How to protect yourself against osteoporosis: From your teens to your 40s and older
Osteoporosis is more common in women and can occur at any stage, experts say. To mark World Osteoporosis Day on Oct 20, CNA Women looks at how you can care for your bones in every phase of your life.
When you think about your physical wellness, how often does bone health occur to you? Not often, we imagine.
“Few women think of bone strength or mass until later in life or when they sustain fractures associated with low bone mass,” said Dr Lim Lian Arn, an orthopaedic surgeon at Gleneagles Hospital.
“By that time, however, it is already, in a sense, late in the game,” he said.
This condition of reduced bone mass and quality, leading to increased fracture risk, is what describes osteoporosis.
And it is more common in women.
Over the next two decades, a staggering 319 million people above the age of 50 from the Asia-Pacific are projected to be at high risk of osteoporotic fracture, according to statistics cited by the Asia Pacific Consortium on Osteoporosis, which is launching what it describes as a "world-first, interactive, educational healthcare" resource for physicians to foster best practice osteoporosis care in the region.
More than 50 per cent of the world's hip fractures are expected to occur in the region by 2050, it said, adding that Singapore currently has one of the highest numbers of hip fractures globally.
According to Dr Chew Chee Kian, an endocrinologist at Tan Tock Seng Hospital (TTSH), incidence rates of hip fractures increased five-fold in Singapore women between the 1960s and 1990s, amid the country's "rapidly ageing population".
Knowing the pattern of bone mass changes across a woman’s lifespan can influence the strategies women use to reduce their risk of osteoporosis, and these have to be put into action earlier, not later.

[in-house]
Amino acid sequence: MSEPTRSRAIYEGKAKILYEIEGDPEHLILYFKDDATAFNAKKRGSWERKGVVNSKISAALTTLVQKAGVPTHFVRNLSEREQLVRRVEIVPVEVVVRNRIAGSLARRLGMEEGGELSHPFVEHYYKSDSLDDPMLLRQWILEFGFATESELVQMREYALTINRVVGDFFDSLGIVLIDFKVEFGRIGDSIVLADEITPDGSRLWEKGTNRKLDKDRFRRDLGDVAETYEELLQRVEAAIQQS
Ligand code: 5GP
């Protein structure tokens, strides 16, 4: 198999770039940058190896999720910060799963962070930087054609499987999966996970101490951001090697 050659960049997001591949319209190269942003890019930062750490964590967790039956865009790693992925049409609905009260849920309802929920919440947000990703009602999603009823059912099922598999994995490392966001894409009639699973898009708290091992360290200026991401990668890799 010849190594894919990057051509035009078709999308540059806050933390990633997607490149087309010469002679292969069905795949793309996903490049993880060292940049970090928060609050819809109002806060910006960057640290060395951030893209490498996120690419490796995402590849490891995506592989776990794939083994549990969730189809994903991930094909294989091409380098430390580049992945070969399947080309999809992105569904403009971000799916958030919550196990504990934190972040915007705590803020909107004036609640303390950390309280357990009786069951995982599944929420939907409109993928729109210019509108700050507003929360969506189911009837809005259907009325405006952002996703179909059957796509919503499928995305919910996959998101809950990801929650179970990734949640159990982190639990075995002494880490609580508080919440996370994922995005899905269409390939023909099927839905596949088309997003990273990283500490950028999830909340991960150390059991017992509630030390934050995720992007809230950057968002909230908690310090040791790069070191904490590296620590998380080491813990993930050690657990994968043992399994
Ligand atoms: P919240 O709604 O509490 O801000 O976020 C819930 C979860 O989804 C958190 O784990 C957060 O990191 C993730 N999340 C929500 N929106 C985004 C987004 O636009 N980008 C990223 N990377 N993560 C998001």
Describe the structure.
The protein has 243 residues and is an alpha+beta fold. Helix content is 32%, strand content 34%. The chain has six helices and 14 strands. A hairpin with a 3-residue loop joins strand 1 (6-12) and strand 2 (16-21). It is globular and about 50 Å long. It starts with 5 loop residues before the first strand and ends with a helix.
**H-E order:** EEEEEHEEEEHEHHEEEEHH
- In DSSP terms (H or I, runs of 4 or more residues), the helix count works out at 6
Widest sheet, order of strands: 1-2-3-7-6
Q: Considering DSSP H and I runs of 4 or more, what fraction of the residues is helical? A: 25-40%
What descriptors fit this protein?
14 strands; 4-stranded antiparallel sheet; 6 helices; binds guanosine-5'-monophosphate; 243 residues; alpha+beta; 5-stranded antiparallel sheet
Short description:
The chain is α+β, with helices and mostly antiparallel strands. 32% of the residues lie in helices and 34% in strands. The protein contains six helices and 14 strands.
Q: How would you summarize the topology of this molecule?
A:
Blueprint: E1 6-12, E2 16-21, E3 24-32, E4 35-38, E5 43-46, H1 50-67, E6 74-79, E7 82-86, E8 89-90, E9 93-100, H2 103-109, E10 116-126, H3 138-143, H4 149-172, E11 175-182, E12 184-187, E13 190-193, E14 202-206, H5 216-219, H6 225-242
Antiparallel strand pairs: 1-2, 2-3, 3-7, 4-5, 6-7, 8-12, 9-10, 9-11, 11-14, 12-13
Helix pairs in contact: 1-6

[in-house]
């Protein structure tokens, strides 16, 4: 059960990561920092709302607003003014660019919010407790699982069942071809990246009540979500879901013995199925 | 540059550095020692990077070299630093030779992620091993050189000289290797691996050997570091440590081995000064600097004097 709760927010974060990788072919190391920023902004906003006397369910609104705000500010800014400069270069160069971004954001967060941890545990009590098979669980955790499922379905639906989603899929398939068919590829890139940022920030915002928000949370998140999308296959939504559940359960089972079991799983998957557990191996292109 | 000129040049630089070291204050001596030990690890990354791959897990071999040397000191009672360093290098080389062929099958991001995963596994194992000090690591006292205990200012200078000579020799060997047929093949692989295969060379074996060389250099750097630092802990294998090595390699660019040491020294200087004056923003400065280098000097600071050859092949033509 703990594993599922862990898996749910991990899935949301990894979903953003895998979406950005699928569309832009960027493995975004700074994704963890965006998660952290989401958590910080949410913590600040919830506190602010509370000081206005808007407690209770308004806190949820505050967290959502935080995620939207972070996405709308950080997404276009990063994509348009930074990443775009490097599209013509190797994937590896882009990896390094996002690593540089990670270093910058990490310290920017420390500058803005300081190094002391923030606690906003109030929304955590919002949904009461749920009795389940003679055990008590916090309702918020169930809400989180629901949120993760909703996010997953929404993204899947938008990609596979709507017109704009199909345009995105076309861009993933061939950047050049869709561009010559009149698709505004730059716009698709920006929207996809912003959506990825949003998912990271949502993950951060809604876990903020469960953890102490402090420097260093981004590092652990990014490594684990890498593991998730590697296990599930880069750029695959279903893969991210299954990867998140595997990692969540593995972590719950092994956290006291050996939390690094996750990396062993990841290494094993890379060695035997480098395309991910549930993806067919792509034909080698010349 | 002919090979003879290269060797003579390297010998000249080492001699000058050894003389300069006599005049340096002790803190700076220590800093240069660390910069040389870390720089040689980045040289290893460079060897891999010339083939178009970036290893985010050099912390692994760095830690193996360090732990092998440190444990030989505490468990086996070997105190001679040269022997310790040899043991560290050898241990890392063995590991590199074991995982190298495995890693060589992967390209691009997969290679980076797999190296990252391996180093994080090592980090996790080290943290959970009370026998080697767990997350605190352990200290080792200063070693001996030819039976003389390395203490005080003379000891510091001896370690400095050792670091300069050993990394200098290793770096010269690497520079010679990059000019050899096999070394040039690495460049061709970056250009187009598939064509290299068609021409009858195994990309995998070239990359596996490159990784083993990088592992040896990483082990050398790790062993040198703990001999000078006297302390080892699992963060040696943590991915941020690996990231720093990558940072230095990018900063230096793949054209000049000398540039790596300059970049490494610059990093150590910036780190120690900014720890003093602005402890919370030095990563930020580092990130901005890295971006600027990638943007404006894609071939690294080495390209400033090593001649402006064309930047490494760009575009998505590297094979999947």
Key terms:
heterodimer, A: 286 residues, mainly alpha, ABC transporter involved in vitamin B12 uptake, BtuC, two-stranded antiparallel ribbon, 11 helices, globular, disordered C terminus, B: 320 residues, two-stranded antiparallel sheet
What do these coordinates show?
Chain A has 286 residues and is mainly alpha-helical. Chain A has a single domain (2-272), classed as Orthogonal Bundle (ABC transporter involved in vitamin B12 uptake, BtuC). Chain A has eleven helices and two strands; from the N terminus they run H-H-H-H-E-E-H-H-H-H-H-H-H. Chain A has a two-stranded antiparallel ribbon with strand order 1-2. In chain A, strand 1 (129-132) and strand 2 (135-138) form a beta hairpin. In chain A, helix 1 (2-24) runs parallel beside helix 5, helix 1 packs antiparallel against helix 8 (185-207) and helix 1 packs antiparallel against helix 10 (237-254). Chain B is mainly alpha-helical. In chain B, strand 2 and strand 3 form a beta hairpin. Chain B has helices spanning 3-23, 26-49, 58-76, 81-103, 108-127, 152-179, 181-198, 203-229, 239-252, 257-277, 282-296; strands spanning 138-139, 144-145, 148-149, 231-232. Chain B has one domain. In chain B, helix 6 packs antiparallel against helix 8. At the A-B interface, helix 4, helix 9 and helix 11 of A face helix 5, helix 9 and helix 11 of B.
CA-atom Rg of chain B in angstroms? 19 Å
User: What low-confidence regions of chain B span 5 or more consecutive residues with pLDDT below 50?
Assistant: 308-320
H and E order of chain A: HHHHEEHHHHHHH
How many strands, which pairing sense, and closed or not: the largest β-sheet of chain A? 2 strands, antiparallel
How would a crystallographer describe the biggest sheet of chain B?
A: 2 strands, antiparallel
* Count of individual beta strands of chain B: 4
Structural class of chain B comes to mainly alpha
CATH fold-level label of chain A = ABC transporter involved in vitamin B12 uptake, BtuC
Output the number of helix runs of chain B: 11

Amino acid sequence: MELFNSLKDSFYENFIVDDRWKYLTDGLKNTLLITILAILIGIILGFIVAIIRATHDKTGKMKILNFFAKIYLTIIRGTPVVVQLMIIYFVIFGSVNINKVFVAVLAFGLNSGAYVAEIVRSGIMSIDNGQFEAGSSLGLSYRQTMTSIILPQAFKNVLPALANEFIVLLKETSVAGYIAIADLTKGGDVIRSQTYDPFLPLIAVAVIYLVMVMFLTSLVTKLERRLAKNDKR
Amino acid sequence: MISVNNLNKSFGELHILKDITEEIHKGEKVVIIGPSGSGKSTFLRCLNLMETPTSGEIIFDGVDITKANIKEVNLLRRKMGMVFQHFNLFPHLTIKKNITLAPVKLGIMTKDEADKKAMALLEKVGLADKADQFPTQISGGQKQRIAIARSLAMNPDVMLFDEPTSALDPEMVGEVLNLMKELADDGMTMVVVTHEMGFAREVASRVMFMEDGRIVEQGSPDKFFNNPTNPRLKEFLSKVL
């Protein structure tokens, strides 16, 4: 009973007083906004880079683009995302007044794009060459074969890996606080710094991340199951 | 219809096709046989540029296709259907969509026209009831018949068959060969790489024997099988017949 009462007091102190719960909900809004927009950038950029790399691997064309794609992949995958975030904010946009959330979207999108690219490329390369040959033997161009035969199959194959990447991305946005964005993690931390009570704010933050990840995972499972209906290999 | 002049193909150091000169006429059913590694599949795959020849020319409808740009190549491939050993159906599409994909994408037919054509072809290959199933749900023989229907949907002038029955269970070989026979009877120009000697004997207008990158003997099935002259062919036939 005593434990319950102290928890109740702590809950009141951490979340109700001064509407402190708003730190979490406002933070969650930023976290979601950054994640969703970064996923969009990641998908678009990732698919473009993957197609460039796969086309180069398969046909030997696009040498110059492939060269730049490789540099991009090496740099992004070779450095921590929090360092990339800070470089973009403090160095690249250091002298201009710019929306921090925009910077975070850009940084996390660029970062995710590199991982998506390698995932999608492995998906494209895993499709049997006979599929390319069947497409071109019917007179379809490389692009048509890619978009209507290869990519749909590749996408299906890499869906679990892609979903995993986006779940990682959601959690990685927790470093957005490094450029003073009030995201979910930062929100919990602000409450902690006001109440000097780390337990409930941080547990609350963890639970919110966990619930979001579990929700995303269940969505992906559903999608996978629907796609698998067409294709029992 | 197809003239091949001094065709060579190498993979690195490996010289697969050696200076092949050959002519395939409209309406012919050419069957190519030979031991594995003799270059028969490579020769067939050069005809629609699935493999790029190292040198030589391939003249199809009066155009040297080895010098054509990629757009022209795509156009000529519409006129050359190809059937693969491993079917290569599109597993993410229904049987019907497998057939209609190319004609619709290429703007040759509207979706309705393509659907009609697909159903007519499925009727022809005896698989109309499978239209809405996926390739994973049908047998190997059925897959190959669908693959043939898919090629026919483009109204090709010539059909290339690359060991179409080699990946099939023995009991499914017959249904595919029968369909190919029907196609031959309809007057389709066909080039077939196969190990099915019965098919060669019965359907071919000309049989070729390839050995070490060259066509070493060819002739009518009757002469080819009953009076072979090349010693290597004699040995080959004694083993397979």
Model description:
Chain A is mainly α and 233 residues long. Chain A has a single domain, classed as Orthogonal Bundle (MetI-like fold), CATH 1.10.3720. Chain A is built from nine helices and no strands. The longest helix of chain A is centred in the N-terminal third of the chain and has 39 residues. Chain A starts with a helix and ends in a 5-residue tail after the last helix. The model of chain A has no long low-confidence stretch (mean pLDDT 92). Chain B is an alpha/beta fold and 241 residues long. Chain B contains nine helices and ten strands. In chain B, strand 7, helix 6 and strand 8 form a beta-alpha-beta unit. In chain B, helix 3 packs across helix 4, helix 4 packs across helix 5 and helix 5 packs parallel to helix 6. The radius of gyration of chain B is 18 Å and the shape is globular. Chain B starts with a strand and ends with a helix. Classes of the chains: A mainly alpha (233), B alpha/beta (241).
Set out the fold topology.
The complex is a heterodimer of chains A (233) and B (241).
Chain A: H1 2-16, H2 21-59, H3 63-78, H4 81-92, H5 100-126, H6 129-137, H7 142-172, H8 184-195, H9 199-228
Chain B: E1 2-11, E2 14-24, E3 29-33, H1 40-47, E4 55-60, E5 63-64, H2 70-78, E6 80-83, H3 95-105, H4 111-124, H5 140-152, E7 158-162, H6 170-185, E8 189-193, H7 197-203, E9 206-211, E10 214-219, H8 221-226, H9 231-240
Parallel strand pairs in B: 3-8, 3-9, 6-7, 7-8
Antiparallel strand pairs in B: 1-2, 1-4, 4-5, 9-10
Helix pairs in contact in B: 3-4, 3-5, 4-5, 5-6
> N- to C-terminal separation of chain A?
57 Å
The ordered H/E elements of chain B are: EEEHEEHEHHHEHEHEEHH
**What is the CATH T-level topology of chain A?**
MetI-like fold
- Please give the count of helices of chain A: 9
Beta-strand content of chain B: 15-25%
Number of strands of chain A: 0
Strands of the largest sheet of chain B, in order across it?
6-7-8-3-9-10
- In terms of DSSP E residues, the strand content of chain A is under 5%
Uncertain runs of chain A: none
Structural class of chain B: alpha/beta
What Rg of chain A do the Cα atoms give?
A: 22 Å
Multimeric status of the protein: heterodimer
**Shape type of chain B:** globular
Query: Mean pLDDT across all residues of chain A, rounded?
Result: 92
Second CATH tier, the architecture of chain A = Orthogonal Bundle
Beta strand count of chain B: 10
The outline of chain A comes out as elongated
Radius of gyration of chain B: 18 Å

“Osteoporosis can occur at any stage of a woman’s life, although it is more common in postmenopausal women,” said Dr Chew. To mark World Osteoporosis Day on Oct 20, we look at how bone mass changes in women at every stage of life and what lifestyle habits you can change or adopt for optimum bone health.
IN ADOLESCENCE AND YOUTH
- Ensure diet is rich in calcium and vitamin D
- Avoid caffeinated drinks
- Engage in high-impact exercise
Optimal adult bone mass is genetically predetermined and for women, this is gained mostly between the ages of 12 and 20, said Dr Chew. “Adolescence represents a window of opportunity to maximise bone gain,” he said.
What to eat: To promote rapid bone accrual, girls between the ages of 10 and 18 should consume 1,000mg of calcium a day, according to the Health Promotion Board (HPB). This can be obtained from dairy products such as milk, yoghurt and cheese, as well as dark green vegetables, soya products and calcium-fortified soya milk, said Dr Chew.
To promote better absorption of calcium, girls should also ensure adequate vitamin D intake. The HPB’s recommended daily absorption of vitamin D is 2.5mcg for those aged seven and above.
This can be obtained through adequate sun exposure – Dr Chew recommends being exposed to sunlight for about 10 minutes to 15 minutes daily between 10am to 3pm – or eating foods that are enriched with vitamin D, including oily fish like salmon and sardines, eggs and liver.
Girls should avoid caffeinated drinks, including colas and energy drinks, because caffeine increases urinary and faecal calcium losses, said TTSH dietitian Clarissa Tai.
What to do: A 2016 report found that more than 80 per cent of girls aged between 11 and 17 were physically inactive, said Dr Lim. “We suspect that since that time, that percentage has not changed significantly and is something we need to keep an eye on.”
This period is crucial as a 10 per cent increase in peak bone mass in adolescents can reduce the risk of osteoporotic fractures in adults by 50 per cent, said Dr Lim.
Hence, exercise and activity should be encouraged, in particular high-impact movement, because “the more you stress the bone, the more it responds to that stress by becoming stronger”, said Dr Lim.
Exercises that stress the bones and strengthen them include running, skipping and trampolining.
A 10% increase in peak bone mass in adolescents can reduce the risk of osteoporotic fractures in adults by 50%.
FROM YOUR 20S TO 40S
- Adjust calcium and vitamin D intake accordingly
- Cut down on salty and processed food
- Avoid smoking
- Limit alcoholic drinks to one a day
- Limit caffeinated drinks to three cups a day
Bone mass gain begins to slow down when a woman turns 20 and final peak bone mass is attained at the age of 30. After this, it remains largely stable, doctors told CNA Women.
During this period, women typically experience lifestyle changes and milestones that may impact the preservation of their bone mass, such as largely sedentary work and the adoption of habits such as alcohol drinking and smoking.